How would healthcare
in India be changed?
Sakra World Hospital's Challenge


How would healthcare
in India be changed?
Sakra World Hospital's Challenge

Sakra World Hospital, India's first Japanese-style multispecialty hospital.
How has a Japanese-style multispecialty hospital changed healthcare in India? Let’s see how SECOM has challenged.

Lovekesh Phasu

Takshasila Hospitals Operating Private Limited
COO (Chief Operating Officer)

Yuichi Nagano

Takshasila Hospitals Operating Private Limited
President (Managing Director)

India, the country with very less
healthcare resources per capita.

India, which boasts a population of 1.38 billion making it the world's second largest population, is, on a per capita basis, one of the world’s poorest in terms of healthcare resources. The number of doctors, nurses, hospital beds, and clinics per capita is very low, making it difficult for people to receive the medical care they need when necessary, and the low average life expectancy and high neonatal mortality rate still continue to be social problems. The number of patients with cardiac and cancer diseases is also on the rise, increasing the demand for advanced medical technology.
Bengaluru, where Sakra World Hospital is located, is a large city with a population of about 12 million. Back when SECOM was considering opening the hospital, the disparity in medical care between the city and the suburbs and rural areas was very large, and people living far from the city were not able to receive adequate medical care due to the distance from the hospital. Also, even in urban areas, there were few providers of home health care services, and some people were unable to get the medical examination and treatment they needed.

The Health care Resources in India

The number of health care professionals is inadequate in ratio to the population,
and people lack access to health care services.

Sakra World Hospital was commenced
to improve the standard of health care in India

SECOM, through Secom Medical Systems Co., Ltd. (“Secom Medical Systems”) which operates the health care business in the Secom Group, opened a multispecialty hospital, Sakra World Hospital, in Bengaluru, India, together with a major Japanese trading company.
Although this was SECOM’s first overseas expansion in the health care business, SECOM has applied to this business various hospital management expertise cultivated through its hospital support business in Japan. In addition, Sakra World Hospital established a new department rendered home medical services, and is operating a Japanese-style mobile health checkup vehicle converted from a bus to provide medical care in rural areas where access to hospitals is difficult.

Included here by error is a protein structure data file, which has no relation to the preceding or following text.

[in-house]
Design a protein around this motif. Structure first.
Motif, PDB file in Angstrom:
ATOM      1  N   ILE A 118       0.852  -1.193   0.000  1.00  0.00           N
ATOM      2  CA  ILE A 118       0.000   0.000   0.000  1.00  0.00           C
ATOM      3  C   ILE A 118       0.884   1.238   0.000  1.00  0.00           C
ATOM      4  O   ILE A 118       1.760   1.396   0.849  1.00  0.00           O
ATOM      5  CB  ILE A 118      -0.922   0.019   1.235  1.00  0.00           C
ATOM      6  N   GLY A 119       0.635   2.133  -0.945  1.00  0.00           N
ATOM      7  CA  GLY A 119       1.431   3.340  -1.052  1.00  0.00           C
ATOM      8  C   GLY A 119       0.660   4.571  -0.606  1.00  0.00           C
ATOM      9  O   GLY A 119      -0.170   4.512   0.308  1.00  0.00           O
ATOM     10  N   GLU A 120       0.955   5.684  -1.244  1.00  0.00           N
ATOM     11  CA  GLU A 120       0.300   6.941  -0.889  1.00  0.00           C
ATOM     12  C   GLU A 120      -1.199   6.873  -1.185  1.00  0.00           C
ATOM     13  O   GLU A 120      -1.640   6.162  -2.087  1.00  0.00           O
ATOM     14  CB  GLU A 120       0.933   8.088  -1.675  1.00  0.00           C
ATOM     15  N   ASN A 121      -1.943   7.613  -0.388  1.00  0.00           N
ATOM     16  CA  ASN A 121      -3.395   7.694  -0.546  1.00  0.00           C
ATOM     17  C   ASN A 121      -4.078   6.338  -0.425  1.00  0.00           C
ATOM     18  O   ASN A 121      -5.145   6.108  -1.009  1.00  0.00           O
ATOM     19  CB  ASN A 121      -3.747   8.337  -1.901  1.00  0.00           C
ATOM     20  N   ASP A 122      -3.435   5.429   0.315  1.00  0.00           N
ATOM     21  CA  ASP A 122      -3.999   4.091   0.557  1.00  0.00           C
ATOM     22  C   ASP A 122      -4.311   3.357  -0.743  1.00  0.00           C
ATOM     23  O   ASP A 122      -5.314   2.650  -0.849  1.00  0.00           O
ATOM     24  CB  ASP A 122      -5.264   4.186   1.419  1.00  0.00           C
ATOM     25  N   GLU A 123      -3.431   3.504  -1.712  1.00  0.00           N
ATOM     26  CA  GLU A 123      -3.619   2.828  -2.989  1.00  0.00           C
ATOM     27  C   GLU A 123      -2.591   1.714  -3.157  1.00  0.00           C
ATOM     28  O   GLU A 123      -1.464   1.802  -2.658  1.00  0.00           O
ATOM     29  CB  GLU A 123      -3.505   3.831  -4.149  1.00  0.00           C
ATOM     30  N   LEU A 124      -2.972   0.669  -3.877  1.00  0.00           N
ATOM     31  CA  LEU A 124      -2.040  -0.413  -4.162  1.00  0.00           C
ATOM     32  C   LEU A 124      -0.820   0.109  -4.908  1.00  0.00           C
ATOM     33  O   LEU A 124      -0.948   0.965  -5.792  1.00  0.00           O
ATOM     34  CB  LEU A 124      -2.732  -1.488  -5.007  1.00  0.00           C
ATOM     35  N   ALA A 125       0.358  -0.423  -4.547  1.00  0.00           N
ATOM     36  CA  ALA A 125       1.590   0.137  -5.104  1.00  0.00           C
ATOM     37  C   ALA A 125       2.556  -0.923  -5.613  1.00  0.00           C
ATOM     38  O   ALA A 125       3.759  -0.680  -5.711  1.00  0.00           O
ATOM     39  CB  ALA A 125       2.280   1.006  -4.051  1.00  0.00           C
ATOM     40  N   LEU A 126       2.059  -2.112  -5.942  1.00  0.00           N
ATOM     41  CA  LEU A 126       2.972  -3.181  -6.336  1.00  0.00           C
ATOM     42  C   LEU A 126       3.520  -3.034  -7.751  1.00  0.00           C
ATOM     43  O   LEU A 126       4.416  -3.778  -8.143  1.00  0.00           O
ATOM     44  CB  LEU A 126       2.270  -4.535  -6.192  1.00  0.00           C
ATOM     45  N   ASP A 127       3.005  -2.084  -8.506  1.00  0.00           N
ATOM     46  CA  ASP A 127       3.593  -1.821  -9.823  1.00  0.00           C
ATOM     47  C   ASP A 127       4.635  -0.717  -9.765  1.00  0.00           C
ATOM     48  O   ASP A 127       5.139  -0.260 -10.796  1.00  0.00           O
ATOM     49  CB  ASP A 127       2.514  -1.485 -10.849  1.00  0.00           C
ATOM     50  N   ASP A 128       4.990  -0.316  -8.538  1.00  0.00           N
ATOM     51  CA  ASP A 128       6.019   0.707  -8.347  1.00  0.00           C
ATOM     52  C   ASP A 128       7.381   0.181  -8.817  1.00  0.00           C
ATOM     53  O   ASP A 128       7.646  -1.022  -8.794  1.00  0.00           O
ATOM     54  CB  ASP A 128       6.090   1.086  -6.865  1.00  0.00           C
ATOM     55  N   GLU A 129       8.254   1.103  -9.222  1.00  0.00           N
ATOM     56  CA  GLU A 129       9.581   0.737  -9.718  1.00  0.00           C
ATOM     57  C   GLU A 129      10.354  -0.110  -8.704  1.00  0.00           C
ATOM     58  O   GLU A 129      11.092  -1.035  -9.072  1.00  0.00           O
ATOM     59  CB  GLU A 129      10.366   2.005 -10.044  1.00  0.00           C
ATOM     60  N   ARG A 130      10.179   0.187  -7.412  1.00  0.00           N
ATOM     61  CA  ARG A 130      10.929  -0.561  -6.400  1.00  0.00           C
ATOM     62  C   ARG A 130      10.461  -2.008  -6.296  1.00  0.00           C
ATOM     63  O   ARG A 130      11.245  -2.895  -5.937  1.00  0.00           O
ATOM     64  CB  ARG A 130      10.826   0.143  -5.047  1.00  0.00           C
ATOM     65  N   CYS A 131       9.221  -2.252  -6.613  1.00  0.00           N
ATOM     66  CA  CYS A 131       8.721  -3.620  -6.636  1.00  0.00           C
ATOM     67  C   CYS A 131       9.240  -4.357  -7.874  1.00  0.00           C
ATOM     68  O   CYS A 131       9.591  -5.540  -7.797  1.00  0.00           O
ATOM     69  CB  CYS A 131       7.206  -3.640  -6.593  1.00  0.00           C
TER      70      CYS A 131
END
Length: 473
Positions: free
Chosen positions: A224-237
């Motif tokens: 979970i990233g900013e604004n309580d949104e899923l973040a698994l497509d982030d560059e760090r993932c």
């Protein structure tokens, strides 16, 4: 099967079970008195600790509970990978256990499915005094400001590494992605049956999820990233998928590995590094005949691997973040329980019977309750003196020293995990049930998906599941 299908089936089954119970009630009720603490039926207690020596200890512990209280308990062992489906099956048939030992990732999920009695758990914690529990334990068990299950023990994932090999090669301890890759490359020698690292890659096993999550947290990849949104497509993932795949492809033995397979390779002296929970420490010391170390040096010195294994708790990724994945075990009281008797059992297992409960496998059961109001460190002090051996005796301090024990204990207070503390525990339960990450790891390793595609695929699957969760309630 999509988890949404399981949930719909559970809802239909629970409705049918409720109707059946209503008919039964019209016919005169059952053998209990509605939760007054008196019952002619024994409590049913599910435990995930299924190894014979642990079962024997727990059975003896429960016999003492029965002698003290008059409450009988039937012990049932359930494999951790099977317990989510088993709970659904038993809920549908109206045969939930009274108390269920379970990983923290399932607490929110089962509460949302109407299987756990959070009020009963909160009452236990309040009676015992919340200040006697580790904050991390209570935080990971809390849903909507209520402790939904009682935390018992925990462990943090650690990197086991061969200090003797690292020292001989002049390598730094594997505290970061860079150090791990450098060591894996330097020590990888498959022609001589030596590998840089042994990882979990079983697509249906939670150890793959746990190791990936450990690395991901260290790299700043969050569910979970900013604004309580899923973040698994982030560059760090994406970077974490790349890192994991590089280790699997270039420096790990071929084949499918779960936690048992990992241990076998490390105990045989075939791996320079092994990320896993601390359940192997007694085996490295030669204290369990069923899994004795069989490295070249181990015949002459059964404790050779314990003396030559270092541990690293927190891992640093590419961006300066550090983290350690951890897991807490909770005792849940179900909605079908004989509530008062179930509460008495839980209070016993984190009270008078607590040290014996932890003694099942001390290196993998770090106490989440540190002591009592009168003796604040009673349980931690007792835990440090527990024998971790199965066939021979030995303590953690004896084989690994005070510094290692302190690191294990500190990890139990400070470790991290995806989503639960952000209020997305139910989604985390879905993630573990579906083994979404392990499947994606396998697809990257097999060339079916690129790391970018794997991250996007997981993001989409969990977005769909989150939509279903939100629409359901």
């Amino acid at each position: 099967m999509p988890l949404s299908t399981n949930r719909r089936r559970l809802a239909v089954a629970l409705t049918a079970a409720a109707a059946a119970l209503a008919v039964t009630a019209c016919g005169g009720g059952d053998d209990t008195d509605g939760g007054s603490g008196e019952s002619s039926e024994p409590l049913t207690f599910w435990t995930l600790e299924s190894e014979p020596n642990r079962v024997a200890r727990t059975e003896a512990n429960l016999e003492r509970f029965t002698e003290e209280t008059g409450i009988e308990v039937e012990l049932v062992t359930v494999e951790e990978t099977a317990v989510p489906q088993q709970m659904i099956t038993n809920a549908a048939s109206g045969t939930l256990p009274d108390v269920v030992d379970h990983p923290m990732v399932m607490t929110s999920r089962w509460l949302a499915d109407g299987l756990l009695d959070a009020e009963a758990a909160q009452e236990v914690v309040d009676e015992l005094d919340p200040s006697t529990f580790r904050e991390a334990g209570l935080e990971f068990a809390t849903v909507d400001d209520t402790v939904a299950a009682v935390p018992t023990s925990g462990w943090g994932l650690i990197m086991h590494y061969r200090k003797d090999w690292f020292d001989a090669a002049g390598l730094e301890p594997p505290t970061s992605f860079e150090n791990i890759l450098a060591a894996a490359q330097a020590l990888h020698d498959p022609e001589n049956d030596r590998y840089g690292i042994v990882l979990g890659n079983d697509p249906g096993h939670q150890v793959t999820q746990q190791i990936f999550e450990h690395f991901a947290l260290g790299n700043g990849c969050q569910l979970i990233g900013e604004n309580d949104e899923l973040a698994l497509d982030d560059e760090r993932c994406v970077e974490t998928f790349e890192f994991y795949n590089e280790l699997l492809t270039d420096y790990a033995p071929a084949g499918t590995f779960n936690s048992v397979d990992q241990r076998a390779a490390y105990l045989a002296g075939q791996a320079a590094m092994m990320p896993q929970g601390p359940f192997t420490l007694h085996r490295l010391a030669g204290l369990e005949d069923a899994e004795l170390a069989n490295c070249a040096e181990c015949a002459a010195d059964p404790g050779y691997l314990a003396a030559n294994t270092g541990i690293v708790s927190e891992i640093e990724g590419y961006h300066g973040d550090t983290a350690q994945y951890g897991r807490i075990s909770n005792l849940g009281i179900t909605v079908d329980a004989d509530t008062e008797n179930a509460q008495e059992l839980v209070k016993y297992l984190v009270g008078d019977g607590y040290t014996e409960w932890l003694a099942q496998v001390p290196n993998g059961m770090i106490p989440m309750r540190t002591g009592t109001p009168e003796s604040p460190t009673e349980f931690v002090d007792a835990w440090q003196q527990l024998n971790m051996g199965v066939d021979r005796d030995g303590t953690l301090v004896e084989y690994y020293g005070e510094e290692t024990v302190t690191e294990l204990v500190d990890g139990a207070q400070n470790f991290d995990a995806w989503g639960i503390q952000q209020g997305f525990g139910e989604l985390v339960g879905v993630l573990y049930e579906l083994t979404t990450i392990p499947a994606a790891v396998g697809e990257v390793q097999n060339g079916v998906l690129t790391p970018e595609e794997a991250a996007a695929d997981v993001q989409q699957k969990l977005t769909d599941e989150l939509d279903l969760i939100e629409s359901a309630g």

Improving the quality of healthcare in India by training local staff.

As the foundation of successful hospital operations is the enhancement of clinical training and the assurance of high quality and patient safety, Sakra World hospital actively invests in clinical training for medical specialists and nurses, and has established a department dedicated to medical safety management, which is uncommon in India, to provide onsite safety awareness.
Sakra World Hospital currently has about 80 residents in clinical training program. The selected residents improve themselves through observation, instruction, and discussion with senior doctors not only from own facility but also from SECOM Medical Systems’ partner hospitals and Japanese universities.

In addition, when training nurses, Sakra World Hospital introduces to local staff advanced Japanese nursing skills, such as injections, intubation, and hospitality. Excellent nurses were selected and cultivated to become trainers, who after certified, could train another staff. A positive cycle was created in which local staff are training another local staff, and there was a significant improvement in the quality of nursing care, such as tracheal intubation after the training.

Train-The-Trainer ProgramSelect the best of the local nurses and
cultivate them to become trainers